11 Best Tips How To Prepare For Jet Lag To Europe

Jet lag can often be a challenging aspect of long-haul travel, particularly when flying to Europe. The disruption to your body's internal clock and other factor can leave you feeling fatigued, disoriented, and kill the enjoyment of your European trip.

As a company in the wellness industry for over a decade, we'll share with you the most researched preparation tips and helpful strategies to minimize the effects of jet lag flying to Europe.

Here's Our 11 Best Tips How To Prepare For Jet Lag To Europe:

1. Maximize Hydration

Risk of dehydration is increased when flying due to the dry, recirculated, cool airplane conditions.²

Combat these conditions by drinking plenty of water before, during, and after your flight to Europe. Drinking at least half your weight in water per day is optimal.

TIP: To help maximize your hydration, you can add sea salt (contains electrolytes) to your foods, and take Zaca hydration chewable tablets that enhance water absorption.

2. Adjust Your Sleeping Before Flying

You can cut down your adjustment time according to the CDC by adjusting your sleep schedule before flying.⁸ 1-2 weeks before travel, begin to slowly adjust when you go to bed each night.

  • Traveling east to Europe, go to bed an hour earlier than usual each night.
This sleeping schedule change could knock multiple days off of your body's adjustment and jet lag severity.⁸

3. Get Plenty Of Sunlight

To combat the deprivation of sunlight during travel and optimize melatonin production, get plenty of sunlight each day when you arrive in Europe.³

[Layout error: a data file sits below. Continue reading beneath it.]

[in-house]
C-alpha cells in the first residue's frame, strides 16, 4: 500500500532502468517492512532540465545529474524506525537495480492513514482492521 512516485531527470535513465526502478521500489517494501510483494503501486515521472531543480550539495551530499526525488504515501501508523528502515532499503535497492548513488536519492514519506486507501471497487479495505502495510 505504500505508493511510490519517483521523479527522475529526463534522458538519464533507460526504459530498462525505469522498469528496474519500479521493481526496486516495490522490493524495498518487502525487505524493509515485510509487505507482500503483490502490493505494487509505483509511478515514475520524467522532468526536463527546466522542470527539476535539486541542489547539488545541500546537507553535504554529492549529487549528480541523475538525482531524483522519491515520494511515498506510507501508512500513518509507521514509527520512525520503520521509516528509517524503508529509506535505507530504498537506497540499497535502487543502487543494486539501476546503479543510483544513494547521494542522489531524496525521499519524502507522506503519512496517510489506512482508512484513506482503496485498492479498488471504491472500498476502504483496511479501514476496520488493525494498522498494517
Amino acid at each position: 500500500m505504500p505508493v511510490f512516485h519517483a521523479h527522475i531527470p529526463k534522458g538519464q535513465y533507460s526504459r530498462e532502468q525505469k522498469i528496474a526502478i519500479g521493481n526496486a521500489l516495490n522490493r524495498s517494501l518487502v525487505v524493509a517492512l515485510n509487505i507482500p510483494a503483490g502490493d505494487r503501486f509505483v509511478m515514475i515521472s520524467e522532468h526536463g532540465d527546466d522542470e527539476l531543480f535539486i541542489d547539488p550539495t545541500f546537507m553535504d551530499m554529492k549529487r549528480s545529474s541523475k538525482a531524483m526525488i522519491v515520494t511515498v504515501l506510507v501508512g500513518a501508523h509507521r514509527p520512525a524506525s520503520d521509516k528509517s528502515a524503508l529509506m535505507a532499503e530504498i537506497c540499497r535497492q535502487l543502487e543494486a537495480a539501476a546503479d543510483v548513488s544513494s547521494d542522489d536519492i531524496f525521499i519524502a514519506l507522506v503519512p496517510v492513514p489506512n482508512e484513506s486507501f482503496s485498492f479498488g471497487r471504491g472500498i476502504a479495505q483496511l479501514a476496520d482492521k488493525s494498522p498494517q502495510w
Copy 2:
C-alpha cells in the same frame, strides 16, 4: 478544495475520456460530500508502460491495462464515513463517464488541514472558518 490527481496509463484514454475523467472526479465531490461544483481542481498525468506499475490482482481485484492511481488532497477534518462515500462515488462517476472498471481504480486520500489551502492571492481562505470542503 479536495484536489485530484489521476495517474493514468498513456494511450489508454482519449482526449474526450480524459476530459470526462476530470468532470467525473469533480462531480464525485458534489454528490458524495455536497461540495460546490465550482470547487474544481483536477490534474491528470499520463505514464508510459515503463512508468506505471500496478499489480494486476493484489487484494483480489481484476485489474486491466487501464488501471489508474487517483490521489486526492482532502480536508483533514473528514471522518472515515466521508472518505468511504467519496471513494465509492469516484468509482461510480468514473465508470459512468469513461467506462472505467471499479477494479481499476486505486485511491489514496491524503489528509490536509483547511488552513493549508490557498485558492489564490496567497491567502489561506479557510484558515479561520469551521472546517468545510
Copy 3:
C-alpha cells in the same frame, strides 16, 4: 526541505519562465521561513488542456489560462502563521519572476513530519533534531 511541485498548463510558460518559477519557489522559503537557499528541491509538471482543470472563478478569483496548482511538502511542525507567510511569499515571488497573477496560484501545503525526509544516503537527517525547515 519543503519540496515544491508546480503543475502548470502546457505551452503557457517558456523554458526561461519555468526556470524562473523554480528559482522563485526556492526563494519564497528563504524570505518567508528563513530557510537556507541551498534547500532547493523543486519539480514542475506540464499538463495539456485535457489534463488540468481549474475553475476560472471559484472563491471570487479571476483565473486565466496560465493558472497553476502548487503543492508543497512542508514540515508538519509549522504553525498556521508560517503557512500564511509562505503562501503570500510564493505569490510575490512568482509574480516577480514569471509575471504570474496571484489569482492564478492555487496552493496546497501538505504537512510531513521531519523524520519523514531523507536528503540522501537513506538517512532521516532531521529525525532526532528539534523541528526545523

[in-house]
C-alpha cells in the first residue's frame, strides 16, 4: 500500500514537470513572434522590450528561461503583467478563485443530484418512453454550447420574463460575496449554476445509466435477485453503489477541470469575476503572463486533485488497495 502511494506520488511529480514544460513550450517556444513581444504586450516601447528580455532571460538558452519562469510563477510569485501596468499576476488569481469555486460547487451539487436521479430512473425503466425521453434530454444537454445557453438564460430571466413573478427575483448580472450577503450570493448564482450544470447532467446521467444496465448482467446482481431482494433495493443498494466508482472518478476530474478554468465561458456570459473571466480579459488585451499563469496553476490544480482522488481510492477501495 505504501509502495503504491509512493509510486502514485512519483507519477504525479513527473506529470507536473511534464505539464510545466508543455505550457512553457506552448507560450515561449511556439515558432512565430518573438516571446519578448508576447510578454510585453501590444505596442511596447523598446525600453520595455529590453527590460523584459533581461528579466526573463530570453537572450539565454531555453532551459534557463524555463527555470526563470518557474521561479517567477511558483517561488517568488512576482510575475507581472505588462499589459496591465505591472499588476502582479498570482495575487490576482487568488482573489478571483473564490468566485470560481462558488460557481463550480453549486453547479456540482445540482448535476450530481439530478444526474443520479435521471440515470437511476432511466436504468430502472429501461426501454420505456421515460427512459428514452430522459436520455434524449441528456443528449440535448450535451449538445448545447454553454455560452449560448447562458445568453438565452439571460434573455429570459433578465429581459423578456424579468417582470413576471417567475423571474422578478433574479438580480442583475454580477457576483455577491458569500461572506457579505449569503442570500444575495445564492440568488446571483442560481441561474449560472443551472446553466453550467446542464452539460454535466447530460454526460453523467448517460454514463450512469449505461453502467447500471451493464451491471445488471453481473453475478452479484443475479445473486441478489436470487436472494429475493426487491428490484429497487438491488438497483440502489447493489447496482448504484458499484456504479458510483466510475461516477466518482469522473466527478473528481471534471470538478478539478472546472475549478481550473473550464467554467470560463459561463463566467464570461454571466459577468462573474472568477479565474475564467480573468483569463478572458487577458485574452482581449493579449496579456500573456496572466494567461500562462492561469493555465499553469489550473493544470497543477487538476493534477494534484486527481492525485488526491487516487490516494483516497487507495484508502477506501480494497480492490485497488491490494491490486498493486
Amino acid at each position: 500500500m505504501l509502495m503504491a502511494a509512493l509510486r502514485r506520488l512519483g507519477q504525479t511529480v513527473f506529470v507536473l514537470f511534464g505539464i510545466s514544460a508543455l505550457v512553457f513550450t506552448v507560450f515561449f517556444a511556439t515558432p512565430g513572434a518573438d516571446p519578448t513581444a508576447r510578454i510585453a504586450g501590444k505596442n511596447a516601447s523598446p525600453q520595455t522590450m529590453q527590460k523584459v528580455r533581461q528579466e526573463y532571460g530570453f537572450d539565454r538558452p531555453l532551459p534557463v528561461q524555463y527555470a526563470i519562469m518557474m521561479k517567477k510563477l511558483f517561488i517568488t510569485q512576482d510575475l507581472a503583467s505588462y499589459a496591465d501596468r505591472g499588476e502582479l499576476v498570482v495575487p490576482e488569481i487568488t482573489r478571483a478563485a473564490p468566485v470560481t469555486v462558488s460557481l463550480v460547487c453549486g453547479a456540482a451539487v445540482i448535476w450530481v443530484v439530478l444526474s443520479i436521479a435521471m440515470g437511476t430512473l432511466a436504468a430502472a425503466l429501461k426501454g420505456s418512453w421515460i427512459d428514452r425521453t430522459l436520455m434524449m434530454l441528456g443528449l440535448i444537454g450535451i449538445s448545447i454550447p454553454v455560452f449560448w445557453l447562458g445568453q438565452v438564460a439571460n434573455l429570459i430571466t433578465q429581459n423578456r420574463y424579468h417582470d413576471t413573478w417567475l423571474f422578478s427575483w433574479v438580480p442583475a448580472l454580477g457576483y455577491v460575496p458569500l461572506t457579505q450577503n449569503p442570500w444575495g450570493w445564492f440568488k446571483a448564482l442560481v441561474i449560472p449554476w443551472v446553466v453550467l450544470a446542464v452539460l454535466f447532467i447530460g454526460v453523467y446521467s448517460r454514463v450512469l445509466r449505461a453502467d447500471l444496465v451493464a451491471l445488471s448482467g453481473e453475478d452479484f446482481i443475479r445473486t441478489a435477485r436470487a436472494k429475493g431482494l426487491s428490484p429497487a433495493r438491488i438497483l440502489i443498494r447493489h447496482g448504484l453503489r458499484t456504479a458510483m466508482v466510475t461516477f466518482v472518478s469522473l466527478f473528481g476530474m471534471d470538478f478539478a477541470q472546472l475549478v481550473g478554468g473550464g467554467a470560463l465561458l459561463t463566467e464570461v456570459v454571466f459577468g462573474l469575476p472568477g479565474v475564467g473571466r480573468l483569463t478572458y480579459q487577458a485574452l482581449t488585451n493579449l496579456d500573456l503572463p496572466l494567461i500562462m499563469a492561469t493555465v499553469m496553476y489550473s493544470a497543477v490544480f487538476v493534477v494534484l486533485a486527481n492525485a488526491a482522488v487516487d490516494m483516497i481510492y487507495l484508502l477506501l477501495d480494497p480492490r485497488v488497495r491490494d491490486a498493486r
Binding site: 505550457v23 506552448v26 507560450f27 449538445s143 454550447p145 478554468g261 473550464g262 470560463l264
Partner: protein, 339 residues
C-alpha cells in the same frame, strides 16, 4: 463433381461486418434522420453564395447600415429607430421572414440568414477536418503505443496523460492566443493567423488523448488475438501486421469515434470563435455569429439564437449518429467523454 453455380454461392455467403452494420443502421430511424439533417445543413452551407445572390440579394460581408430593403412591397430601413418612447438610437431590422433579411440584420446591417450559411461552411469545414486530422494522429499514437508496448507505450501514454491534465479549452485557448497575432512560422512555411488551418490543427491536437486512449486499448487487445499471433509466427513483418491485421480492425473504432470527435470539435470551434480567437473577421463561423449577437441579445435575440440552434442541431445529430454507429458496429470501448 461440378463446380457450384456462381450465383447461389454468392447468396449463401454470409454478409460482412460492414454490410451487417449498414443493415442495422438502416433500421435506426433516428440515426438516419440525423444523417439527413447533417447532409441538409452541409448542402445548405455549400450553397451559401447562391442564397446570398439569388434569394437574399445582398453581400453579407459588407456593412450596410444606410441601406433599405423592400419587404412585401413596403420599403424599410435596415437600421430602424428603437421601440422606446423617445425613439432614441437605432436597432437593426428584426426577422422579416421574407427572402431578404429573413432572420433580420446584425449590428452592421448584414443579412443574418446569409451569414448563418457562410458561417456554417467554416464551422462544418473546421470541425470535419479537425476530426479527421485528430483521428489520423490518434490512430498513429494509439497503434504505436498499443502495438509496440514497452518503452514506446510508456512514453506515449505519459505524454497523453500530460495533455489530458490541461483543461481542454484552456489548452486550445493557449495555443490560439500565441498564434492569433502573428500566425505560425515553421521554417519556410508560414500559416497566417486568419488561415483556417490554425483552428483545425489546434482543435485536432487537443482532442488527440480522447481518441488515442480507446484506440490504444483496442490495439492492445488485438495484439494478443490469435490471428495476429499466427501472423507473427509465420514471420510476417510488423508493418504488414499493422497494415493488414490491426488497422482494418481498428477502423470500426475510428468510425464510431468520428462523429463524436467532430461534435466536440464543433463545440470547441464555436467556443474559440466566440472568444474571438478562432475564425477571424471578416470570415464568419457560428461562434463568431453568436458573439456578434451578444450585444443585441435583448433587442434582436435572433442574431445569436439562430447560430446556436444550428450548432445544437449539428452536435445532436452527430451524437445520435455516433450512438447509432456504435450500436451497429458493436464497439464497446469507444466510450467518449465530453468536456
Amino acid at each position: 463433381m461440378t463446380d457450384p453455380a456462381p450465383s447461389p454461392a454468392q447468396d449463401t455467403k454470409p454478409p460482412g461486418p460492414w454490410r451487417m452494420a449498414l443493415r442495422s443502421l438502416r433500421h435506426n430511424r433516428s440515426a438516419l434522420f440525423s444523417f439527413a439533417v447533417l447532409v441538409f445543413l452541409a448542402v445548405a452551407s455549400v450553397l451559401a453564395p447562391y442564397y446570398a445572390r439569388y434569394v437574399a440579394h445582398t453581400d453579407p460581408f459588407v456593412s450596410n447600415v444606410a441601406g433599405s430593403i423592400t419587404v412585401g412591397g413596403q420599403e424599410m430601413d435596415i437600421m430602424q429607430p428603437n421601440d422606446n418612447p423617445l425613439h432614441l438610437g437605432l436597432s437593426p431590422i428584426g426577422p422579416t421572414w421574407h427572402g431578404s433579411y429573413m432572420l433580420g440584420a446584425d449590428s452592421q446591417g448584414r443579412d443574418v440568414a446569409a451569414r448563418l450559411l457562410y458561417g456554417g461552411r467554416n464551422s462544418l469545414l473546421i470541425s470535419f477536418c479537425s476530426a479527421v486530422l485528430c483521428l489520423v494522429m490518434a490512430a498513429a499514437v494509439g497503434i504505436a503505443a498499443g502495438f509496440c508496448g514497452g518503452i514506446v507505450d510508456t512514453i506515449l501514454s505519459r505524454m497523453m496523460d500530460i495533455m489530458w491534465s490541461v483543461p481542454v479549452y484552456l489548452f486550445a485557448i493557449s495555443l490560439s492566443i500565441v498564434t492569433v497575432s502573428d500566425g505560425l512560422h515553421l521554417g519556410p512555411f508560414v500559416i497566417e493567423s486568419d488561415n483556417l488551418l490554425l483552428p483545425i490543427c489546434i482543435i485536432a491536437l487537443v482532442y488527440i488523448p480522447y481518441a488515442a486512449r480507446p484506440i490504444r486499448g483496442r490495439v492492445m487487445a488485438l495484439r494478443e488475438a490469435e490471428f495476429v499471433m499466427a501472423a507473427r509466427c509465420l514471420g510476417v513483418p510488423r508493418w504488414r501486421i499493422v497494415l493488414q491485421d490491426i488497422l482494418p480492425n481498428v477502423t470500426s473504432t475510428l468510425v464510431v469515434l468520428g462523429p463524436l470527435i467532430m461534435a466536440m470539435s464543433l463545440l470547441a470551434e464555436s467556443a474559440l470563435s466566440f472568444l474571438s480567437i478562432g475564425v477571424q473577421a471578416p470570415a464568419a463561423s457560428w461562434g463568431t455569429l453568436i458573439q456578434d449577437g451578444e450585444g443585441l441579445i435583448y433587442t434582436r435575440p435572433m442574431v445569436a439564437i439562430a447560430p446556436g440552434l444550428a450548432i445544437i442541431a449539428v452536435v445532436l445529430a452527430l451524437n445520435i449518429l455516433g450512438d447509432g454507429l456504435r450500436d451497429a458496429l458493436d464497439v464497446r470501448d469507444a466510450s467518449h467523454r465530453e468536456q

Sunlight is one of the main mechanisms to regulating our body's melatonin production and circadian rhythms, and playing a key role in sleep.³ When you're deprived of natural sunlight when flying and in airports on a long trip, it can be a key factor in jet lag.³

4. Switch to European Time on the Plane

Once you step foot on the plane, you should switch to your time to the European destination, especially with regards to sleeping. This allows you to match up your sleep-wake to the country you're visiting before arrival to dampen jet lag.

For example, if you're traveling to Greece it could be nighttime there when you first take off in the US, yet daytime on the plane. In this scenario, you'll want to sleep just as if you're already in Greece. This will ease the adjustment shock when you first arrive.

5. Supplement Immune Booster

When you travel, your immune system is exposed to foreign environments and stresses that can weaken the body. A weakened immune system can be more susceptible to jet lag type symptoms including fatigue and headaches.

Supplement an immune booster to fortify your body before and during your European trip. Vitamin C for example is shown to support your immune system and protect against oxidative stress (avoid synthetic vitamin C called ascorbic acid).¹⁶

6. Fast During Flight

Research in 2009 found that circadian rhythms can be regulated or reset when food is scarce, which is accomplished when fasting.¹⁰ This could have a positive effect on jet lag.

Dr. Saper suggests fasting in a 12-16 hour window the day before and day of travel.¹⁰

7. Avoid Alcohol

Alcohol is a diuretic that leads to dehydration, and also can worsen sleep quality and decrease blood oxygen saturation.¹¹ These side effects will not be any friend to jet lag and further put strain on your body.

Avoid or alcohol during flight and at least on your first day or two of arrival in Europe. While you'll might be eager to enjoy some Italian wine, German beer, or Irish whiskey, wait until you feel clear of any jet lag symptoms before having some drinks.